Earlier this week, the California State University System (CSU) announced an online pilot program with Udacity, a for-profit provider of MOOCs (Massively Open Online Courses). Udacity will provide a remedial algebra course, a college level algebra course, and a statistics course as part of the pilot that will initially be limited to 300 students at San Jose State University and several local community colleges.
Tag Archives | Disrupting Class: How Disruptive Innovation Will Change the Way the World Learns
You can’t read a recent issue of The Chronicle of Higher Education or Inside Higher Ed without seeing an article discussing the disruption that technology or MOOCs (Massively Open Online Course) are having or will have on the higher education sector. Because of the publicity, I receive questions from colleagues at conferences and other events asking me for my opinion about the potential for higher education disruption, the roadmap that it will take, and who will survive.
I have read three articles in the last three days about alternatives to earning a college degree, primarily through certification of one kind or another.
The first article, from The Chronicle of Higher Education, discusses the concept of “badges” that are awarded by various websites, training companies, individuals, etc. The concept is that the badge is relatively easy to earn (to keep the learner motivated and engaged) and indicates that they have achieved a certain skill level or learning competency.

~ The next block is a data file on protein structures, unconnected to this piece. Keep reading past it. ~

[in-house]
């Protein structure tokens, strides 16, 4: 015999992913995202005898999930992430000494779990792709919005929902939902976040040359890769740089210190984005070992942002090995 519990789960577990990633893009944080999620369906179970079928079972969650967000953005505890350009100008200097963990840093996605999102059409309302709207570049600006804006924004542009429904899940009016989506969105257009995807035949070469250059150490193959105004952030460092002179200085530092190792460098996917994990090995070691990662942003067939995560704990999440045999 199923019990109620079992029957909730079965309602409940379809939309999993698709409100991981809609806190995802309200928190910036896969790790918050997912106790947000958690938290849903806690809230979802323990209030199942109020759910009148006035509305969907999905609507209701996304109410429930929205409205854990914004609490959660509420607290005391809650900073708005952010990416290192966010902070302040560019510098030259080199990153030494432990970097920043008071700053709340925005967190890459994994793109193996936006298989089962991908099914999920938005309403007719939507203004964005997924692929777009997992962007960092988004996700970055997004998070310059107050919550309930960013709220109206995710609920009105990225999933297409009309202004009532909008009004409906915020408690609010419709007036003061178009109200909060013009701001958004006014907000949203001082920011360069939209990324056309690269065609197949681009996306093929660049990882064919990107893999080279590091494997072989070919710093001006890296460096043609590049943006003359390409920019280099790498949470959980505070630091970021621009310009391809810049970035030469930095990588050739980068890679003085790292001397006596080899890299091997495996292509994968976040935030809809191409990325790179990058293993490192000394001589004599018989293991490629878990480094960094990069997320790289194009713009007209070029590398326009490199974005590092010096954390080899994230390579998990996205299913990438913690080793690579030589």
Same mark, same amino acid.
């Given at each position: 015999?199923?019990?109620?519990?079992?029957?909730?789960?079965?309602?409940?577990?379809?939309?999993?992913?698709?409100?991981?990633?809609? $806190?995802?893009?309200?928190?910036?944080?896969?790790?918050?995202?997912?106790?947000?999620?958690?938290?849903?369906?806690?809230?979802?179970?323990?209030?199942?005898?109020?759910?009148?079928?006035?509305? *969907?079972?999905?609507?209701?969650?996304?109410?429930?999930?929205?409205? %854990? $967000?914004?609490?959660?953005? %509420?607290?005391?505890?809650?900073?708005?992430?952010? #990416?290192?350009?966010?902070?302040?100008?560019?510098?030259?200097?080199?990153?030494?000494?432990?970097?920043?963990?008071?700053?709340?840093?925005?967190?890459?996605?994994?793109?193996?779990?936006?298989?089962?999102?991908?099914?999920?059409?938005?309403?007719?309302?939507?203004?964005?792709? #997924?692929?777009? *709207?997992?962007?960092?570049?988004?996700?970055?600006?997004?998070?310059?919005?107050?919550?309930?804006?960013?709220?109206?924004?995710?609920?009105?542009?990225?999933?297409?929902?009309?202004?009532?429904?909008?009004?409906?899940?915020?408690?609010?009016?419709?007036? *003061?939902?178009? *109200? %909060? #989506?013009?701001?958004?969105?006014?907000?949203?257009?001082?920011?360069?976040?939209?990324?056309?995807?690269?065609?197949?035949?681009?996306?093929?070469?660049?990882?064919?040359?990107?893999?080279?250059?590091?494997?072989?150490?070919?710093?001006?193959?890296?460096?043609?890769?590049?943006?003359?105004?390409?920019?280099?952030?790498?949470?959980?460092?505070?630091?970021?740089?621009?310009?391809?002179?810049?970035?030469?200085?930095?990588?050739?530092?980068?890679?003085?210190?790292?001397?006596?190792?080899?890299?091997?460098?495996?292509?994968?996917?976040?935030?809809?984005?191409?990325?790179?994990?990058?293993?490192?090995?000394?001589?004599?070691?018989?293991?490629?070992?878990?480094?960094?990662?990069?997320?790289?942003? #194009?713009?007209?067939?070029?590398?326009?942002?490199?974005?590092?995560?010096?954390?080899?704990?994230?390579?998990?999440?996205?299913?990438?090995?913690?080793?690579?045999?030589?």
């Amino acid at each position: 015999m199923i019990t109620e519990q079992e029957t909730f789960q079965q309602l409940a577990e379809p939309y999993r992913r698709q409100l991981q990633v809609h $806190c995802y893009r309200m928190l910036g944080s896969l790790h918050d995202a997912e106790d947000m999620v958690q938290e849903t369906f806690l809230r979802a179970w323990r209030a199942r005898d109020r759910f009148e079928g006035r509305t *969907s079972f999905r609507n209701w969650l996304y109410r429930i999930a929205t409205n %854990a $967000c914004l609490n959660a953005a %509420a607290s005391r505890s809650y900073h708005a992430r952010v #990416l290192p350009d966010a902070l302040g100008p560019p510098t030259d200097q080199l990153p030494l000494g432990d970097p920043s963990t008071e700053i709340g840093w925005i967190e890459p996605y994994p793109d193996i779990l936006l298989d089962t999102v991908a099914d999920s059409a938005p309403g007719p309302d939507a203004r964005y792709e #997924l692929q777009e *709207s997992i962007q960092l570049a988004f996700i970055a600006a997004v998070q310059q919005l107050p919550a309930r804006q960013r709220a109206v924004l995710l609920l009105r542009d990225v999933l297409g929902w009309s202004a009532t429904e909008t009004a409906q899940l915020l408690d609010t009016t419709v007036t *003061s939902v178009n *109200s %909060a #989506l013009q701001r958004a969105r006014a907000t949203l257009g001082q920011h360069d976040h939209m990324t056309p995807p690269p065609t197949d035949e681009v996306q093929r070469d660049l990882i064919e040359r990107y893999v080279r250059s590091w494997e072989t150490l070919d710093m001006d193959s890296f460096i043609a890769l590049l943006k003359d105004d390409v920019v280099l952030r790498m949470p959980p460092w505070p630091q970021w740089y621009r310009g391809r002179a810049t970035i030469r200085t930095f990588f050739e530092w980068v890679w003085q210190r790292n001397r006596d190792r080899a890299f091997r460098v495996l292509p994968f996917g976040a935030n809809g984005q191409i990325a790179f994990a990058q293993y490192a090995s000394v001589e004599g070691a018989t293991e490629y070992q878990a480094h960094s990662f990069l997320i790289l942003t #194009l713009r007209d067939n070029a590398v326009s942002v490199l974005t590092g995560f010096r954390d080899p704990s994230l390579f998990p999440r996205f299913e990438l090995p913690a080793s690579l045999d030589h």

Rich DeMillo has a lengthy background in academia serving as a professor at four different universities, Dean of Computing at Georgia Tech College of Computing, Director of the Computer and Computation Research Division of the National Science Foundation, and was Hewlett Packard’s first Chief Technology Officer. His latest book, Abelard to Apple: The Fate of American Colleges and Universities, developed from a five page memo that he planned to send to his colleagues about what was wrong at his university then evolved to a whitepaper in which he solicited the advice of friends and colleagues, and eventually to a book.
When I read Disrupting Class: How Disruptive Innovation Will Change the Way the World Learns, I enjoyed Clayton Christensen and his co-authors’ application of the potential of disruptive innovations to the K-12 classroom. As a result, I looked forward to reading his new book, The Innovative University: Changing the DNA of Higher Education from the Inside Out.
An article in the August issue of Wired magazine about the Khan Academy and how it is changing the rules of education prompted me to write. Back in 2006 when my neighbor’s son was a middle school student at McDonogh School, I heard his mother describe how the math teachers at McDonogh had created math instructional videos for the students to use to grasp mathematical concepts.
In February, Clayton Christensen, Michael Horn, Louis Caldera, and Louis Soares published a research report entitled “Disrupting College: How Disruptive Innovation Can Deliver Quality and Affordability to Postsecondary Education.” The report was sponsored by the Center for American Progress and Innosight Institute. Christensen is a Harvard Business School professor noted for his study of disruptive innovations that influence industries and a few years ago, he and his colleagues penned a book entitled Disrupting Class: How Disruptive Innovation Will Change the Way the World Learns which I reviewed on my blog.